Additionally, plant-based meats are another option for those transitioning diets, those with health-related and religious dietary restrictions, and even some economists.

“One of the strongest selling points of plant-based and clean meat is the efficiency of production. [There is] far less time and waste and far greater responsiveness to consumer demand for a range of products and species,” Liz Specht expounds in the article “Alt-meat Trounces Animal Meat’s Massive Inefficiencies.”

Specht summarizes, “While the planet arguably benefits the most from these meats’ higher production efficiency, the market efficiency gains will be hugely beneficial for the bottom line.”

“I think it’s a great step in the right direction,” enthuses Roque-Cisneros.

While these moves are a step in the right direction, consumers should still be wary of gobbling down too many faux-beef patties.

In the article “They might be better for the planet, but are plant-based burgers good for you?” Nutritionist Lisa Drayer advises, “If you’re eating these burgers simply in the name of saving calories, or sodium, or saturated fat, you might want to rethink your decision.” 

Curious as to what those in my circles think about the new products, I launched a survey on my Facebook page over Labor Day Weekend. 23 people responded. 13 respondents are vegetarian/vegan, with 5 eating meat/fish rarely (18 of 23 respondents are Adventist), and most respondents are aware of the heme protein, high sodium and saturated fat content, and processed components present in these new substitutes. One of them raised the point of cross-contamination, putting forth the comment, “How can the food industry be helped in understanding the need to cook vegetarian food on a meat-free grill?”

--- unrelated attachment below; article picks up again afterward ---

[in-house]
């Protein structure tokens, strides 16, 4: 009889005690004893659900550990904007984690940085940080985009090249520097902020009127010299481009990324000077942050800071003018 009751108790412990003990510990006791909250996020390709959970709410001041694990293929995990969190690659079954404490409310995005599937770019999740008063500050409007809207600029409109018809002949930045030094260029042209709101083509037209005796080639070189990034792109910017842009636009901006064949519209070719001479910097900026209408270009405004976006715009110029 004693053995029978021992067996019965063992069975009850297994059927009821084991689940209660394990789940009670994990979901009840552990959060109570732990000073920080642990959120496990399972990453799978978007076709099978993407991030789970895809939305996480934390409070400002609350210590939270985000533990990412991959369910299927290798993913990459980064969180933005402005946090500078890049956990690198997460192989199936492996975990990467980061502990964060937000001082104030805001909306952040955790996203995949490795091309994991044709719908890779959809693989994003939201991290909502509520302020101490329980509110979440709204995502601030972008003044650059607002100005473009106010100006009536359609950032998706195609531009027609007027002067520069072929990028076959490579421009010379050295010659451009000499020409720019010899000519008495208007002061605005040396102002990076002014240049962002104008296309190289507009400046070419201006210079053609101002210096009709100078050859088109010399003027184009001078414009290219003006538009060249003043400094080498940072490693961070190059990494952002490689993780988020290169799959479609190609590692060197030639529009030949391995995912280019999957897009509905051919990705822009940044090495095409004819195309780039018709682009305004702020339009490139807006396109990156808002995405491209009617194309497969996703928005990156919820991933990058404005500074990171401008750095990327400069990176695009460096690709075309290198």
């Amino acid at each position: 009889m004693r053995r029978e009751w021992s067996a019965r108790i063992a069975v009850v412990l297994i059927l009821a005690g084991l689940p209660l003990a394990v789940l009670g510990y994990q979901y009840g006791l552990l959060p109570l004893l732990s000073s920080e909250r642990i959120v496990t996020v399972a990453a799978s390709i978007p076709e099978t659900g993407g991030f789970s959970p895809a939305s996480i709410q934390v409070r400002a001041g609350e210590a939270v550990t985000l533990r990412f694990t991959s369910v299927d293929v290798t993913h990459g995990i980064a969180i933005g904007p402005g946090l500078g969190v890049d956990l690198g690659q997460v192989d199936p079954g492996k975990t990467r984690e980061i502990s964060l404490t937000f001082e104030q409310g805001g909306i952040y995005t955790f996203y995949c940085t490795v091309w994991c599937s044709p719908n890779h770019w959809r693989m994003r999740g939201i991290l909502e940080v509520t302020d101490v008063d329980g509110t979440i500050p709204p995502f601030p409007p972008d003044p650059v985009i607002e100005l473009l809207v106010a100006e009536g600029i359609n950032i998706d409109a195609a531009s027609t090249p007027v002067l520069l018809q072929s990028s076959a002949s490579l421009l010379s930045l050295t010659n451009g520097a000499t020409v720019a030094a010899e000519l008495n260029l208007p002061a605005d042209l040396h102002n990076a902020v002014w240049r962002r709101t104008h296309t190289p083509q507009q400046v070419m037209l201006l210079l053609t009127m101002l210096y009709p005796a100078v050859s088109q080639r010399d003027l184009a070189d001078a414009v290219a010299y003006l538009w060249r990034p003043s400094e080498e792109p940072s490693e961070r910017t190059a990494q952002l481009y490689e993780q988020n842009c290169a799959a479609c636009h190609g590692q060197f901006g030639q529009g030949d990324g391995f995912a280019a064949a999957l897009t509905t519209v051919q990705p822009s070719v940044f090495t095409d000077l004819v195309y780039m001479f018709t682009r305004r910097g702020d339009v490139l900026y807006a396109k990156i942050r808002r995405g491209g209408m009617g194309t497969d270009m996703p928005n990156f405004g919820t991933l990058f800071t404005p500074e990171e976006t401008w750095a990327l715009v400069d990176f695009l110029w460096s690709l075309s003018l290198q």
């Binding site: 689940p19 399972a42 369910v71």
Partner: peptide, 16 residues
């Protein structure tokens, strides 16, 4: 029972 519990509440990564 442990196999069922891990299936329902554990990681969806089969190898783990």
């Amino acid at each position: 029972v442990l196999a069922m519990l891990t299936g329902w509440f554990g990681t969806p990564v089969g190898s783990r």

Furthermore, Drayer even dares to suggest that grain-based substitutes and lean meat burgers produced with turkey/chicken or salmon are healthier options for those who crave a “meat” fix.

Nevertheless, 14 respondents said they are still extremely likely to try one of the new products. 8 said they are somewhat likely, leaving only 1 person choosing to avoid trying them. 

Across my survey and what I’ve found online, for those who have already tasted the alternatives, most admit they are convincingly meat-like—nearly even fooling some people. However, the agreement on whether or not the taste/texture and price are worth the endeavor is split about 50/50. 

Despite my split findings regarding satisfaction in flavor, one thing remains consistent: current sales paralleled with target consumer curiosity show that plant-based options are, at least for the time being, in high demand and probably will continue to be for some time. After all, marketing plant-based proteins is not a recent undertaking.

Adventists long ago pioneered the plant-based meat concept, creating a number of canned soy protein substitutes for common meat dishes. The denomination owned and operated Loma Linda Foods Company for more than half a century, selling it to Worthington Foods, a company belonging to a group of Adventist private investors. Worthington developed a new range of spun soy protein products that continue to be marketed by the Kellogg Corporation under the brand Morningstar Farms. Currently, a private company owned by Adventists, Atlantic Natural Foods, has obtained the rights to some of the original Loma Linda and Worthington products of the 1950s and 1960s, and is making them available again.

In light of what appears to be a smashing success, some key questions remain, and it will be interesting to see how they are addressed in future culinary endeavors: 1) Can major plant-based food manufacturers improve the processes and ingredients to make their options even healthier? 2) How will restaurant and fast-food establishments deal with sanitation and preparation space? 3) Will we see a reduction in product price if and when these products become more mainstream? 4) What implications does this have for the meat industry and its workforce? 5) How quickly and to what degree will the environment respond to predicted changes? 

Perhaps only time will tell.

Stefani Leeper is an assistant editor for Adventist Today. The photo was taken by Deryn Macey for Running on Real Food (